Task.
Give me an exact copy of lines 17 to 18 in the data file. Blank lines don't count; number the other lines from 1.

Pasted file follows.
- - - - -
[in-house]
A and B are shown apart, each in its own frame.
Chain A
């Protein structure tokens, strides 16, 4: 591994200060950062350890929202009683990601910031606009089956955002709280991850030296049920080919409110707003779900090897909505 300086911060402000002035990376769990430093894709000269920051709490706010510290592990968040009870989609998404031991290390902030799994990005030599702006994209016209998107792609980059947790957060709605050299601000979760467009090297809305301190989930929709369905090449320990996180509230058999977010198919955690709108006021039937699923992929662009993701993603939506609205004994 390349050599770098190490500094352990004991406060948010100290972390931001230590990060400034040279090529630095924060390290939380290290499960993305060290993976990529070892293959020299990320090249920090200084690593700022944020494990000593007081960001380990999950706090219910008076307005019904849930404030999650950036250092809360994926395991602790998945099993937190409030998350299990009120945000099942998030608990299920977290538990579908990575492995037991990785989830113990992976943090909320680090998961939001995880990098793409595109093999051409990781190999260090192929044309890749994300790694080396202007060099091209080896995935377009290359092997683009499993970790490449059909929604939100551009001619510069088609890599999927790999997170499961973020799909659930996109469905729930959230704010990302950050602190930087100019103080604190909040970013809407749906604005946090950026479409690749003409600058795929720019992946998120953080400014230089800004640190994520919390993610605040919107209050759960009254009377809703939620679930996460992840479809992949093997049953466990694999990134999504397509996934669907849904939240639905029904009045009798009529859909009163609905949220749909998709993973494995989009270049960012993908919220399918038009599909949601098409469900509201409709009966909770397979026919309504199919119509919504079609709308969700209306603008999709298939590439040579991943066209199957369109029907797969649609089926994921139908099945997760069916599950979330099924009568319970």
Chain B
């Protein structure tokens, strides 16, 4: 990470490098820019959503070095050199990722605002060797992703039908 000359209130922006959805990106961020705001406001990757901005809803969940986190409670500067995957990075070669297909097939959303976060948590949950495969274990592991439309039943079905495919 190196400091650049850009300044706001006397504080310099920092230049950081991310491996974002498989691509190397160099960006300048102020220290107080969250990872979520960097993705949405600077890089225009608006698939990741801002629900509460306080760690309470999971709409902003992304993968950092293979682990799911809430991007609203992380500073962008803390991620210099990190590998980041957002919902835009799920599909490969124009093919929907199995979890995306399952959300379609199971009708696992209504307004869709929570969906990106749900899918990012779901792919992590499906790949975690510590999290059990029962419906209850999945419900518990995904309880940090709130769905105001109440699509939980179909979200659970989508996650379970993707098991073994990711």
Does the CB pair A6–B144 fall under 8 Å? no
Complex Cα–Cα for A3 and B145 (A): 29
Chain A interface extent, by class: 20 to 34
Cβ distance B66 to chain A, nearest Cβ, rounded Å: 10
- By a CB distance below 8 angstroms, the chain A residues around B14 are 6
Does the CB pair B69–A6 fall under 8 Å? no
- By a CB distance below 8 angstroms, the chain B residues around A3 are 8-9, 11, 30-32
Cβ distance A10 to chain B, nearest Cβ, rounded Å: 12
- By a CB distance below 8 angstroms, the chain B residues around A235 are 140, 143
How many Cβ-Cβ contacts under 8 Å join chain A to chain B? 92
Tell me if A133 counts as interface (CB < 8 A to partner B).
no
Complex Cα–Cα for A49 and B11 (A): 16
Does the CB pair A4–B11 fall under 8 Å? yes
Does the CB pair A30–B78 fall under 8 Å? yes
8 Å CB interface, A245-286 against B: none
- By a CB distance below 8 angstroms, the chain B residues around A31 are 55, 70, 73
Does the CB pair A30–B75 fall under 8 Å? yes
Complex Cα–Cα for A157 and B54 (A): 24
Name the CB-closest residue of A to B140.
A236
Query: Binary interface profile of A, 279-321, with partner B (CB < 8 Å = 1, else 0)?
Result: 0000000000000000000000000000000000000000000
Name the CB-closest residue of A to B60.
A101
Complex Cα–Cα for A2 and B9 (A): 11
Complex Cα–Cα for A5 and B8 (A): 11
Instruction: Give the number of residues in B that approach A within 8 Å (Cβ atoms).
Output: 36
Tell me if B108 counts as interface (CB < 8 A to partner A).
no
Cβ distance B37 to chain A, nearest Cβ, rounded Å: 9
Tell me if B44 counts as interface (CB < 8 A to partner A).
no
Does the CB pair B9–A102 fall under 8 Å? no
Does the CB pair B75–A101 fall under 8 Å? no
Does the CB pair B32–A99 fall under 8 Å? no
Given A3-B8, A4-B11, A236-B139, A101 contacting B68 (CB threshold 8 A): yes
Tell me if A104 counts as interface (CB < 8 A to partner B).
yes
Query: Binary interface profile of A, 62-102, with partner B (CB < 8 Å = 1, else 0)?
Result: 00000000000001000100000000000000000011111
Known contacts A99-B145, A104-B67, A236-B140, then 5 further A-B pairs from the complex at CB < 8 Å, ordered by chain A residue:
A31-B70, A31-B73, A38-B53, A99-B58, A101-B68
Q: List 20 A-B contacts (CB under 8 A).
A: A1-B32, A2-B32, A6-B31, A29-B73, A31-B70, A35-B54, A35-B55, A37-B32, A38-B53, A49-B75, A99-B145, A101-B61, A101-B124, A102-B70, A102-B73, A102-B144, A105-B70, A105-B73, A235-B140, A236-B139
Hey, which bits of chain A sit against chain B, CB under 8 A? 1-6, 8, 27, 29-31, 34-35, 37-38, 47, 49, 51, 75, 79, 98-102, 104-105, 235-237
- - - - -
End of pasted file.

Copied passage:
Tell me if A133 counts as interface (CB < 8 A to partner B).
no